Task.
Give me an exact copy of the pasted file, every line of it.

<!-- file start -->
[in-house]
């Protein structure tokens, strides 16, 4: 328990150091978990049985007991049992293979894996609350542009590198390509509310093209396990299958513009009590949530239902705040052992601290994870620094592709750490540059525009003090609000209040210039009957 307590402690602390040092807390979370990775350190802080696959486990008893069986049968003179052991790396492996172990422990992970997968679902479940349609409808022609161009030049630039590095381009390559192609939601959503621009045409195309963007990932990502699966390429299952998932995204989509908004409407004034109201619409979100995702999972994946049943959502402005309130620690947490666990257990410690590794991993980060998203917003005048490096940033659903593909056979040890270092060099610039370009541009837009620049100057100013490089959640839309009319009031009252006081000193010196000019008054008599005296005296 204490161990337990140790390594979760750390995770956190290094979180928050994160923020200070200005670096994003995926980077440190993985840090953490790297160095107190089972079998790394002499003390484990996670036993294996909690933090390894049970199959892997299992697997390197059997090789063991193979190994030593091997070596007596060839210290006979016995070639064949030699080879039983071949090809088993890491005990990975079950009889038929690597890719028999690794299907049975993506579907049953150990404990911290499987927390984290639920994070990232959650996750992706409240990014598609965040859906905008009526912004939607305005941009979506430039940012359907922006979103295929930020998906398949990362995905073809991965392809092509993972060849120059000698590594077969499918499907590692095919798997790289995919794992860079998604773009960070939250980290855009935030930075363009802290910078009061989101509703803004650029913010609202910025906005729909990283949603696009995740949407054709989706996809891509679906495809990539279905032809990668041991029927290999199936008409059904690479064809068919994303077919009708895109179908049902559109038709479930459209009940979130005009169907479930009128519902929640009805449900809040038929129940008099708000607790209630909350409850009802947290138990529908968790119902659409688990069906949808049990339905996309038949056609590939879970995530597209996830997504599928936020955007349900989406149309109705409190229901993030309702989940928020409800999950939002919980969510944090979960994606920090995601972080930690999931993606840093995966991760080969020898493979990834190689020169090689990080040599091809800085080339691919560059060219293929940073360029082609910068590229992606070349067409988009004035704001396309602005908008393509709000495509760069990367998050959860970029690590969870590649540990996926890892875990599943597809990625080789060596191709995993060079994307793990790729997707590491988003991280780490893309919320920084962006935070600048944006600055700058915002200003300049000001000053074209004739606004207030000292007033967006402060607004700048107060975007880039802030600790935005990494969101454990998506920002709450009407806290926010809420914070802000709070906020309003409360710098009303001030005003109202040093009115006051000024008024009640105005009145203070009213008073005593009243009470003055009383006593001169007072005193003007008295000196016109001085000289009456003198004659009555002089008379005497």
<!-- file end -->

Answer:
[in-house]
């Protein structure tokens, strides 16, 4: 328990150091978990049985007991049992293979894996609350542009590198390509509310093209396990299958513009009590949530239902705040052992601290994870620094592709750490540059525009003090609000209040210039009957 307590402690602390040092807390979370990775350190802080696959486990008893069986049968003179052991790396492996172990422990992970997968679902479940349609409808022609161009030049630039590095381009390559192609939601959503621009045409195309963007990932990502699966390429299952998932995204989509908004409407004034109201619409979100995702999972994946049943959502402005309130620690947490666990257990410690590794991993980060998203917003005048490096940033659903593909056979040890270092060099610039370009541009837009620049100057100013490089959640839309009319009031009252006081000193010196000019008054008599005296005296 204490161990337990140790390594979760750390995770956190290094979180928050994160923020200070200005670096994003995926980077440190993985840090953490790297160095107190089972079998790394002499003390484990996670036993294996909690933090390894049970199959892997299992697997390197059997090789063991193979190994030593091997070596007596060839210290006979016995070639064949030699080879039983071949090809088993890491005990990975079950009889038929690597890719028999690794299907049975993506579907049953150990404990911290499987927390984290639920994070990232959650996750992706409240990014598609965040859906905008009526912004939607305005941009979506430039940012359907922006979103295929930020998906398949990362995905073809991965392809092509993972060849120059000698590594077969499918499907590692095919798997790289995919794992860079998604773009960070939250980290855009935030930075363009802290910078009061989101509703803004650029913010609202910025906005729909990283949603696009995740949407054709989706996809891509679906495809990539279905032809990668041991029927290999199936008409059904690479064809068919994303077919009708895109179908049902559109038709479930459209009940979130005009169907479930009128519902929640009805449900809040038929129940008099708000607790209630909350409850009802947290138990529908968790119902659409688990069906949808049990339905996309038949056609590939879970995530597209996830997504599928936020955007349900989406149309109705409190229901993030309702989940928020409800999950939002919980969510944090979960994606920090995601972080930690999931993606840093995966991760080969020898493979990834190689020169090689990080040599091809800085080339691919560059060219293929940073360029082609910068590229992606070349067409988009004035704001396309602005908008393509709000495509760069990367998050959860970029690590969870590649540990996926890892875990599943597809990625080789060596191709995993060079994307793990790729997707590491988003991280780490893309919320920084962006935070600048944006600055700058915002200003300049000001000053074209004739606004207030000292007033967006402060607004700048107060975007880039802030600790935005990494969101454990998506920002709450009407806290926010809420914070802000709070906020309003409360710098009303001030005003109202040093009115006051000024008024009640105005009145203070009213008073005593009243009470003055009383006593001169007072005193003007008295000196016109001085000289009456003198004659009555002089008379005497």